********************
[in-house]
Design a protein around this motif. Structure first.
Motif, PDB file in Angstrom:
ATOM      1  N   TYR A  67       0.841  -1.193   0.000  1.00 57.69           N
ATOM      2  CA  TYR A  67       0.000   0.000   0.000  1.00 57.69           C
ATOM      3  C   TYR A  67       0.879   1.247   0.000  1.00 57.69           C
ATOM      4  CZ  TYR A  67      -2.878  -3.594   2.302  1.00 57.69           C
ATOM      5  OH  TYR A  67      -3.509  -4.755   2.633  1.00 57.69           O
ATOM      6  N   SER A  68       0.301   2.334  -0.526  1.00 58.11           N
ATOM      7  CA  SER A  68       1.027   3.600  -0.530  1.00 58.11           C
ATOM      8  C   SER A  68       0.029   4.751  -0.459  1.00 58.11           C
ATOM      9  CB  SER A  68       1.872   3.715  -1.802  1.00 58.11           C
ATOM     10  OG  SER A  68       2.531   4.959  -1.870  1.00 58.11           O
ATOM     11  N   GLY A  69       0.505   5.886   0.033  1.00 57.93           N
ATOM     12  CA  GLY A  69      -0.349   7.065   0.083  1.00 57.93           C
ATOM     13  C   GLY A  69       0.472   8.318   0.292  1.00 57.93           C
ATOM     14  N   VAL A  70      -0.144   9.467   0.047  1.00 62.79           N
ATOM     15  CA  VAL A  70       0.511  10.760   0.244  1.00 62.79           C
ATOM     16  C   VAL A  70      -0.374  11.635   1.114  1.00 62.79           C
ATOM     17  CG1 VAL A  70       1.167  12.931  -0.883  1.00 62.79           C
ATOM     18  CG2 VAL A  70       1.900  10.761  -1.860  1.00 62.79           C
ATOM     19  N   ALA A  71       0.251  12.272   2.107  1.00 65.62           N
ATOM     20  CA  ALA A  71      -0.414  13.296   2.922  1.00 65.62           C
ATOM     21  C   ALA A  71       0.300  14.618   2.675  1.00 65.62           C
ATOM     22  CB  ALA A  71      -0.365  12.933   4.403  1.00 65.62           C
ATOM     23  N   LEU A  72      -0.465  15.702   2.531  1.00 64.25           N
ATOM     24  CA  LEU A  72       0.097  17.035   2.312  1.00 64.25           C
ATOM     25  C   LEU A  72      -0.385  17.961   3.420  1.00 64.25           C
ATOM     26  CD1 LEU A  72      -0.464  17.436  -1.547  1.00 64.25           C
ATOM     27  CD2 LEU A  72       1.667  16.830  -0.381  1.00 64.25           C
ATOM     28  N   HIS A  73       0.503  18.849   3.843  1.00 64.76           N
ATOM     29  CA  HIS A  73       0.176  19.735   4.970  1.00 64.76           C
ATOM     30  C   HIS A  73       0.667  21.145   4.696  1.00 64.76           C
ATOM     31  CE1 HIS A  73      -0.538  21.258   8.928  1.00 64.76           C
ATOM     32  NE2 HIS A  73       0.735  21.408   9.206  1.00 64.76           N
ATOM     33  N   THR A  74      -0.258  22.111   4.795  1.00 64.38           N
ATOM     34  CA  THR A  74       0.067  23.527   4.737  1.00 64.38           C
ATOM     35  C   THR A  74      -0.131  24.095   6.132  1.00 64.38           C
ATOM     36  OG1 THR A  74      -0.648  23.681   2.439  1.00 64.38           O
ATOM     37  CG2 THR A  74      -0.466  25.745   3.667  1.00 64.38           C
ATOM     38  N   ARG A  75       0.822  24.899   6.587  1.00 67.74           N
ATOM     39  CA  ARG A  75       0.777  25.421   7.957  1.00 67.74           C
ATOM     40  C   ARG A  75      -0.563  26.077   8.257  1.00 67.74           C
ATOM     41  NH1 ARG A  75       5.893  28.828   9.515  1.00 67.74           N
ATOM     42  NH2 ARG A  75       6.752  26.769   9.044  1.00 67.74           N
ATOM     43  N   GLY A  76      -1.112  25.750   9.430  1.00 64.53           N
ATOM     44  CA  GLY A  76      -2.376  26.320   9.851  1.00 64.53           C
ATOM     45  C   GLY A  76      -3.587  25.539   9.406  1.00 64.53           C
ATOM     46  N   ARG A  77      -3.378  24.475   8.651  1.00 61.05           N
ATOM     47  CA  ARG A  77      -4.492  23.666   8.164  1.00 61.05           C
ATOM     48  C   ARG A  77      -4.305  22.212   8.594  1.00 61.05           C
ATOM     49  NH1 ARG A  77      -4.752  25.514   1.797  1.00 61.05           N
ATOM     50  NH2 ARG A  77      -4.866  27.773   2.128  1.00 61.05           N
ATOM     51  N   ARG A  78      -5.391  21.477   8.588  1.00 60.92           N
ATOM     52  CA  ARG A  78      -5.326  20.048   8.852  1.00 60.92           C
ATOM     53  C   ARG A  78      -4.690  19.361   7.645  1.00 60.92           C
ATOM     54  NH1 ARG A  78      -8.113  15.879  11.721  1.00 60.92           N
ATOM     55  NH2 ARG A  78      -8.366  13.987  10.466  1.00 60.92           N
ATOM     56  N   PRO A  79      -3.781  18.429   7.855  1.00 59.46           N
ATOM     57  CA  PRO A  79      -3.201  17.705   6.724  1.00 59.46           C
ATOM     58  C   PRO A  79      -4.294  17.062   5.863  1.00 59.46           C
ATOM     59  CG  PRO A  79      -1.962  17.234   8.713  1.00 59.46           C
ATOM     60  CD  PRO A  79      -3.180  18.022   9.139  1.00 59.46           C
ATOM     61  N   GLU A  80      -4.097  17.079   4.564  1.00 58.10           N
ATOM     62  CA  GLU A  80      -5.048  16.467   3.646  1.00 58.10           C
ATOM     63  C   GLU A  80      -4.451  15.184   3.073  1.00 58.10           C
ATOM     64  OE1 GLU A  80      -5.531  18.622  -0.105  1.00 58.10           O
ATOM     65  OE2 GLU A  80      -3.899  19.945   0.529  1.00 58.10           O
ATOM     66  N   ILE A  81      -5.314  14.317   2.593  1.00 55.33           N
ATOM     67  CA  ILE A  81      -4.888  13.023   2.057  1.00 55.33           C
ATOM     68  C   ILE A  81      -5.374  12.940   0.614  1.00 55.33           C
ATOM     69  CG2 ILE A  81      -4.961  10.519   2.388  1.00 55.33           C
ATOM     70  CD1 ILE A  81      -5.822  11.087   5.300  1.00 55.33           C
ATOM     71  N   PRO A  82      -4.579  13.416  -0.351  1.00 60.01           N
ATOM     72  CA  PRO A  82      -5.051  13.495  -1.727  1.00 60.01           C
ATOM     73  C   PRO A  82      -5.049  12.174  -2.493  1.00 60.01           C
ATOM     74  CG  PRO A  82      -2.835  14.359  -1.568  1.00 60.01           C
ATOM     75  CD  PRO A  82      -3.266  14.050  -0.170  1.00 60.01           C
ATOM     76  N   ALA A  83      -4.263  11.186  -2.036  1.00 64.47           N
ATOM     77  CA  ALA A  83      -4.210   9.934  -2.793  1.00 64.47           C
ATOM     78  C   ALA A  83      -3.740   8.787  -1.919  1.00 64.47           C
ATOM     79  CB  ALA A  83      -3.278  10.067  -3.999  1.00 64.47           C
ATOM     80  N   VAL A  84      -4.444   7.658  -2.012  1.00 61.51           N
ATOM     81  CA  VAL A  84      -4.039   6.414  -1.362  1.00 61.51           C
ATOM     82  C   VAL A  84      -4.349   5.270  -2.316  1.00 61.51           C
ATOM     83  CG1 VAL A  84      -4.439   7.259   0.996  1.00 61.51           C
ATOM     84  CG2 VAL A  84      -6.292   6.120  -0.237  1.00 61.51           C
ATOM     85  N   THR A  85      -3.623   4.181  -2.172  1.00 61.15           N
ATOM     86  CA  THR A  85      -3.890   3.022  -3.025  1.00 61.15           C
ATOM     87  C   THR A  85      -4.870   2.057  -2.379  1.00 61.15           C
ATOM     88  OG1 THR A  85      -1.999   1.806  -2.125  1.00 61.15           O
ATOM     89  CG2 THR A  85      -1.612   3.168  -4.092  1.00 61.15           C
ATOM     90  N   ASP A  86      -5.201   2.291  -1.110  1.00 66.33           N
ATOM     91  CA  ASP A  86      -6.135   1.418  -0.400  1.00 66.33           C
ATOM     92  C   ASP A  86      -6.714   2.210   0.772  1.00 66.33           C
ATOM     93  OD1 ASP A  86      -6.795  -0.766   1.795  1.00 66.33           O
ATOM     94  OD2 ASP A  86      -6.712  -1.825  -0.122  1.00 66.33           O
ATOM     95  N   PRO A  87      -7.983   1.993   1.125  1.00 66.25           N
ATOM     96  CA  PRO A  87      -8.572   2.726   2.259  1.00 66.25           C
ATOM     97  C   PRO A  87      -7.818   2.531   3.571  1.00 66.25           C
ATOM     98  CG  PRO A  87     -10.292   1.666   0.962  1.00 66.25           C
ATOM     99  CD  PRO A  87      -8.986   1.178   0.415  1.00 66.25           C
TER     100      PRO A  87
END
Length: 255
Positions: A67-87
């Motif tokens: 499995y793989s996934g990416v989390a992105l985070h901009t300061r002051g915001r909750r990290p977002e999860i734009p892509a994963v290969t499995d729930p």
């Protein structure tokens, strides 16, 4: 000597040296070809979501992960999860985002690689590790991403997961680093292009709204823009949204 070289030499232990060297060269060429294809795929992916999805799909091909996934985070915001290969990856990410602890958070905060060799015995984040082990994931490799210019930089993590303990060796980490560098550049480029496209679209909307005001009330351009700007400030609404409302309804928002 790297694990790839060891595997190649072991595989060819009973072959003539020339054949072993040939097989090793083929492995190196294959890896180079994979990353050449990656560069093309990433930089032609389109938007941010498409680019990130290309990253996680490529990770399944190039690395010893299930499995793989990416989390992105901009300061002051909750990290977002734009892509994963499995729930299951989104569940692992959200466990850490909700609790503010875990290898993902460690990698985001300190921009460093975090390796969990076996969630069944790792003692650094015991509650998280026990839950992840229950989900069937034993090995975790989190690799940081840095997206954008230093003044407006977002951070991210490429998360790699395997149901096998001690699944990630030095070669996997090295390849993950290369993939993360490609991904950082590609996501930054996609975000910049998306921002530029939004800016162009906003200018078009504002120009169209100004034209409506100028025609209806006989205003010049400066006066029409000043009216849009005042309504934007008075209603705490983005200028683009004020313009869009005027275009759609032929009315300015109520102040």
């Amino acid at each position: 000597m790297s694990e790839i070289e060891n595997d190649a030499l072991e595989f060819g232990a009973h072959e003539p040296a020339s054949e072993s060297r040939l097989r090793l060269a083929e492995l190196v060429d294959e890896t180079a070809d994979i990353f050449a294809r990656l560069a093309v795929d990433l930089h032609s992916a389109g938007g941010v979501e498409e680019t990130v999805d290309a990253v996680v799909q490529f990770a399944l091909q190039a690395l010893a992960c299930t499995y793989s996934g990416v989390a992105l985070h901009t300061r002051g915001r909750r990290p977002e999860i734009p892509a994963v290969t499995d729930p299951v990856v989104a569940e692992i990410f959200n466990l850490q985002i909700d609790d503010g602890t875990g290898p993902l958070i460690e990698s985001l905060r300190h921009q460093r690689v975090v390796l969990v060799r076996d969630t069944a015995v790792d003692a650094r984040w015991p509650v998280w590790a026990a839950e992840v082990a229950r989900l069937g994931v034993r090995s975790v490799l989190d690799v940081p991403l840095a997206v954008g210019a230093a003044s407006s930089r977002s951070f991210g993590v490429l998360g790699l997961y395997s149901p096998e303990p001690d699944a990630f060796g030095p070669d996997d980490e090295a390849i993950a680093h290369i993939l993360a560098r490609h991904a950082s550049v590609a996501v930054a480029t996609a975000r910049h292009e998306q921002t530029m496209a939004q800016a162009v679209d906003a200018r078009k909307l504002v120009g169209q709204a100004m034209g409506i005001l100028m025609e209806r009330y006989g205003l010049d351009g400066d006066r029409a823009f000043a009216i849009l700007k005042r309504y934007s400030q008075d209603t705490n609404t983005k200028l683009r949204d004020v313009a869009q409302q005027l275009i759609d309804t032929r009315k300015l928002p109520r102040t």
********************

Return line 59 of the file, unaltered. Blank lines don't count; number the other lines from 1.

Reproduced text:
ATOM     56  N   PRO A  79      -3.781  18.429   7.855  1.00 59.46           N